Ethics And The Consequences Of Sexual Activity

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Ethics and the Consequences of Sexual Activity The ethical argument of abortion and whether or not it is considered immoral has been the focus of both the law and political controversy. Whether abortion should be considered unethical has ignited contention from multiple viewpoints. Does a pregnant woman have an ethical obligation to the fetus at all times throughout the pregnancy? In addition, does the woman have an ethical duty to promote the well-being of the fetus? Varying perspectives argue that it is a woman’s legal or moral right to terminate her unwanted pregnancy, or that “abortion is immoral but it ought to remain legal”. Others argue that not permitting a woman a choice over being pregnant is incompatible with justice in a free…show more content…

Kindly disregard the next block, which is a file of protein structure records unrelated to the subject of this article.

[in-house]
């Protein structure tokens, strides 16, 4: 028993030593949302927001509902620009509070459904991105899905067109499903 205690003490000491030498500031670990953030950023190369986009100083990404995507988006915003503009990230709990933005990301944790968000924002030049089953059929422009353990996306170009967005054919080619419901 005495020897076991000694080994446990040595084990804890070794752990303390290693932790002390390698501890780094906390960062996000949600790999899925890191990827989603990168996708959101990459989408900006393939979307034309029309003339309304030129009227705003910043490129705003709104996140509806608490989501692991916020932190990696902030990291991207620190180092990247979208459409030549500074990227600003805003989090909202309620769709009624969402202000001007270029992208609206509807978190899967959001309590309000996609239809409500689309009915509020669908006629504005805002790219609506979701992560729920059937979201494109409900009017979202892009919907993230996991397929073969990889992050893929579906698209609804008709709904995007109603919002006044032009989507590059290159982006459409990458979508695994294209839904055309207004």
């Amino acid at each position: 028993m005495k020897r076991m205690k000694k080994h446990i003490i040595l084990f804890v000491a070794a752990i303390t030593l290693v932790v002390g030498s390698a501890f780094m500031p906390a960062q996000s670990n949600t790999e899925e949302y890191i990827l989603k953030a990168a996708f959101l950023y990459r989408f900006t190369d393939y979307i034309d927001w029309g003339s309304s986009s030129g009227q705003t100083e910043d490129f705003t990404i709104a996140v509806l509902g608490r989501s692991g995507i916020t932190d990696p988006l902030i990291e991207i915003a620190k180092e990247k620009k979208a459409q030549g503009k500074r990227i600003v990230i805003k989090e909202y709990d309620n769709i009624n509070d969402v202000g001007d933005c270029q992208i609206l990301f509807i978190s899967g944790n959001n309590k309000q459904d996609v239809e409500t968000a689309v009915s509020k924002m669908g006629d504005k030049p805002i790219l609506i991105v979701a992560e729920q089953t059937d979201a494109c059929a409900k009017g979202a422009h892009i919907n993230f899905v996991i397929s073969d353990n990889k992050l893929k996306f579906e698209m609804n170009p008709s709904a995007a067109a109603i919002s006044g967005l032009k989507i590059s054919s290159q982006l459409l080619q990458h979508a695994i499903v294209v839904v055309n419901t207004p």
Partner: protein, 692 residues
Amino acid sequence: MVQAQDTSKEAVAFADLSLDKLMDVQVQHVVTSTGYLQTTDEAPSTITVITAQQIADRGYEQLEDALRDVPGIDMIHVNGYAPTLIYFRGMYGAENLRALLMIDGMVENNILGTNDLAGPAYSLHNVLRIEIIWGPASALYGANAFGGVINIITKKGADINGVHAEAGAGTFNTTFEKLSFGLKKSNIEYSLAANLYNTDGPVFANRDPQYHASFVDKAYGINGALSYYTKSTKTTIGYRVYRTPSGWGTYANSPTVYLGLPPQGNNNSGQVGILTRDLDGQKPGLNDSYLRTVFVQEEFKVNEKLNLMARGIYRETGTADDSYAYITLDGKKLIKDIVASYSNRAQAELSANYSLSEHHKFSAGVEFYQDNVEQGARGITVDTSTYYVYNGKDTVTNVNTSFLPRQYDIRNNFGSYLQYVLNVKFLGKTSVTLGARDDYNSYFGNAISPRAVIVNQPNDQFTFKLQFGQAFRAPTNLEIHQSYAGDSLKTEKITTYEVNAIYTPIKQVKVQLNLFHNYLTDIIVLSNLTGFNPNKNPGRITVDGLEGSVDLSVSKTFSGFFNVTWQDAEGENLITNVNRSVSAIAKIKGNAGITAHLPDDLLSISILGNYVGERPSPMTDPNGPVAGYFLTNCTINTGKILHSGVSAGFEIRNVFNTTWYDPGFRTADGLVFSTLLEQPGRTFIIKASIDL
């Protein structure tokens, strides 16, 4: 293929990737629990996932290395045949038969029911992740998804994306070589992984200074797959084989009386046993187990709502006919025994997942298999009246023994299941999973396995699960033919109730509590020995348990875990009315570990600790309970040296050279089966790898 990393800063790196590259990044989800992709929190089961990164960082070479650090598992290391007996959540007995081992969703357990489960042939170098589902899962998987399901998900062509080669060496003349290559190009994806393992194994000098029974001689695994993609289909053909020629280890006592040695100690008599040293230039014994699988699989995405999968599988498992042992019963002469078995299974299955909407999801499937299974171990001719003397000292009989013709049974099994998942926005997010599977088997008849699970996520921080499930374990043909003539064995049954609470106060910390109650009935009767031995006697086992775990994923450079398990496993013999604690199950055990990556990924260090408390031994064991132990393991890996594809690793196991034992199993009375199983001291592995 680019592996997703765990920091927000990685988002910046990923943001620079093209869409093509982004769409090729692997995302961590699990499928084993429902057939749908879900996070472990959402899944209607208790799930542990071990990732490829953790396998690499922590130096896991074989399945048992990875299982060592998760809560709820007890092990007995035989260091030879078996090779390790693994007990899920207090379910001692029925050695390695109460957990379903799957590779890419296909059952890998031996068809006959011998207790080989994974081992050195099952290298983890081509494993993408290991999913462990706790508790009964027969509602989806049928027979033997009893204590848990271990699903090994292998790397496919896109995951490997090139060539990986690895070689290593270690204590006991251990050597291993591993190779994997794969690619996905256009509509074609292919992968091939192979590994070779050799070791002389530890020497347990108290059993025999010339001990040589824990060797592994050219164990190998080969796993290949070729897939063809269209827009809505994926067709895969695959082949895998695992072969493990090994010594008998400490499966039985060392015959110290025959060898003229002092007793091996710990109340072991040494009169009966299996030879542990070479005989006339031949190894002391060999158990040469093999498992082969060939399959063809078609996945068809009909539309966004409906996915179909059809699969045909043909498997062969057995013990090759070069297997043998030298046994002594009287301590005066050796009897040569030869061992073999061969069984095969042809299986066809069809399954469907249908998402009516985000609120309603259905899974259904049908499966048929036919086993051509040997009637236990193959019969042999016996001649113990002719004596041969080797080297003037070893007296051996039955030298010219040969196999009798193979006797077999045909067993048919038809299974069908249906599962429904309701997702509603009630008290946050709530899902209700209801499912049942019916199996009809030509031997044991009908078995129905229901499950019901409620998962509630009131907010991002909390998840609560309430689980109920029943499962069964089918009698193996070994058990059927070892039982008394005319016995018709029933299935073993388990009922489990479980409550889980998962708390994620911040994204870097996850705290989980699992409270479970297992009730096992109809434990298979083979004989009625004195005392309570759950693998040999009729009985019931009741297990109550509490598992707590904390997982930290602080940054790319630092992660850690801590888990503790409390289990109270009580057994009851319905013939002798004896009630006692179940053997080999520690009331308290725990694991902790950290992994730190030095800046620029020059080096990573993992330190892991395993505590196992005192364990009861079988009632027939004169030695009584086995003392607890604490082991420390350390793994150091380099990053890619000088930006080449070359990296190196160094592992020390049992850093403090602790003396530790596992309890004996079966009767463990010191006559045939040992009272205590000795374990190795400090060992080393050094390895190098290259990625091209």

Adults should take responsibility for their actions, and this applies to cases of pregnancy and abortion. Potentiality vs. Actuality: A Being with Rights: Is the fetus a potential or actual human being? The fetus is a human person, and a human person has rights. To terminate a human pregnancy is to deliberately take the life of the human person or fetus. Taking the life of an innocent human person is wrong. Therefore the taking of a life of the fetus is morally wrong. If the fetus has not had the opportunity to be born, he or she is innocent. He or she has not committed any crimes or has broken any laws. Since the reason that is sufficient to explain why it is wrong to kill human beings after the time of birth is also a reason that applies to fetuses, it follows that abortion is seriously morally wrong (McInerney 265). Though having the option to abort the fetus may be justified as a woman’s right, we have to ask ourselves who’s right is it really? Is it the woman’s right, or is it the child’s right? The right to life for another person should always outweigh the right of an individual to control their own body. Some think that fertilization marks the emergence of a human life or a “human being” with rights. Others do not agree that fertilization or even later stages of biological development create a human entity with rights (Virginia Law Review, Vol. 76, No. 3, pp. 444). A woman has the right to choose whether or not she will become pregnant, and
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